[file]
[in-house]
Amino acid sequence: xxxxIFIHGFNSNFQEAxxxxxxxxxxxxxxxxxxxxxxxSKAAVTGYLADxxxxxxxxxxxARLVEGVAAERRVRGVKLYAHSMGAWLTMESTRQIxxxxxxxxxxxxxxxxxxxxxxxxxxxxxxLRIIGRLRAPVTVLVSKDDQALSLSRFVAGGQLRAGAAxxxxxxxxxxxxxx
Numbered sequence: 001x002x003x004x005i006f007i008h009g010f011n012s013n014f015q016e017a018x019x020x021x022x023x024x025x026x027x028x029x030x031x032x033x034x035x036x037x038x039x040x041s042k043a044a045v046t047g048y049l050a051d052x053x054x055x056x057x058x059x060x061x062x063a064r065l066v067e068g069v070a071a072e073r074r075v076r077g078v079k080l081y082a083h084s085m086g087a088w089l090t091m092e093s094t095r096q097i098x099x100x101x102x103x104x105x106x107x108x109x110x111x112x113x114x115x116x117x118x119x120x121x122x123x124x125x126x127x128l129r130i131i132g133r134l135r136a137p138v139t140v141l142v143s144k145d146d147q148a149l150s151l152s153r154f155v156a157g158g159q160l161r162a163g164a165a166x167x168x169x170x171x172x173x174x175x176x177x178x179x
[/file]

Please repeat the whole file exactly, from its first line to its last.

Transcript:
[in-house]
Amino acid sequence: xxxxIFIHGFNSNFQEAxxxxxxxxxxxxxxxxxxxxxxxSKAAVTGYLADxxxxxxxxxxxARLVEGVAAERRVRGVKLYAHSMGAWLTMESTRQIxxxxxxxxxxxxxxxxxxxxxxxxxxxxxxLRIIGRLRAPVTVLVSKDDQALSLSRFVAGGQLRAGAAxxxxxxxxxxxxxx
Numbered sequence: 001x002x003x004x005i006f007i008h009g010f011n012s013n014f015q016e017a018x019x020x021x022x023x024x025x026x027x028x029x030x031x032x033x034x035x036x037x038x039x040x041s042k043a044a045v046t047g048y049l050a051d052x053x054x055x056x057x058x059x060x061x062x063a064r065l066v067e068g069v070a071a072e073r074r075v076r077g078v079k080l081y082a083h084s085m086g087a088w089l090t091m092e093s094t095r096q097i098x099x100x101x102x103x104x105x106x107x108x109x110x111x112x113x114x115x116x117x118x119x120x121x122x123x124x125x126x127x128l129r130i131i132g133r134l135r136a137p138v139t140v141l142v143s144k145d146d147q148a149l150s151l152s153r154f155v156a157g158g159q160l161r162a163g164a165a166x167x168x169x170x171x172x173x174x175x176x177x178x179x